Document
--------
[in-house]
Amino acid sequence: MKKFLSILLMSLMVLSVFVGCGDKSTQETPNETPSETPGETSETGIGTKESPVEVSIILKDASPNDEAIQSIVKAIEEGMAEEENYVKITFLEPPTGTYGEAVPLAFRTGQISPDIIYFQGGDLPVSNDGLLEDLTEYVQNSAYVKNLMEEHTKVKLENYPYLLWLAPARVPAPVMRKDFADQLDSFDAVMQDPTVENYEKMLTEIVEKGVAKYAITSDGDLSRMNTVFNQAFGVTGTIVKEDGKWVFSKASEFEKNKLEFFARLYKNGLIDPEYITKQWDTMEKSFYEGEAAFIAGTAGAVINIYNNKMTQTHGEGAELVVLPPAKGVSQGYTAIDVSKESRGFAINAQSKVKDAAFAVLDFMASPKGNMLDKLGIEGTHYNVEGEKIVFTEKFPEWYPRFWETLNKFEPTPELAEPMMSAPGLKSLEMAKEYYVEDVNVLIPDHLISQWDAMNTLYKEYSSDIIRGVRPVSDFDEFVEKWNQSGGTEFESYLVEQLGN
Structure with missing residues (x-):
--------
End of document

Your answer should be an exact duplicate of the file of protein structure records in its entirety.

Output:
[in-house]
Amino acid sequence: MKKFLSILLMSLMVLSVFVGCGDKSTQETPNETPSETPGETSETGIGTKESPVEVSIILKDASPNDEAIQSIVKAIEEGMAEEENYVKITFLEPPTGTYGEAVPLAFRTGQISPDIIYFQGGDLPVSNDGLLEDLTEYVQNSAYVKNLMEEHTKVKLENYPYLLWLAPARVPAPVMRKDFADQLDSFDAVMQDPTVENYEKMLTEIVEKGVAKYAITSDGDLSRMNTVFNQAFGVTGTIVKEDGKWVFSKASEFEKNKLEFFARLYKNGLIDPEYITKQWDTMEKSFYEGEAAFIAGTAGAVINIYNNKMTQTHGEGAELVVLPPAKGVSQGYTAIDVSKESRGFAINAQSKVKDAAFAVLDFMASPKGNMLDKLGIEGTHYNVEGEKIVFTEKFPEWYPRFWETLNKFEPTPELAEPMMSAPGLKSLEMAKEYYVEDVNVLIPDHLISQWDAMNTLYKEYSSDIIRGVRPVSDFDEFVEKWNQSGGTEFESYLVEQLGN
Structure with missing residues (x-):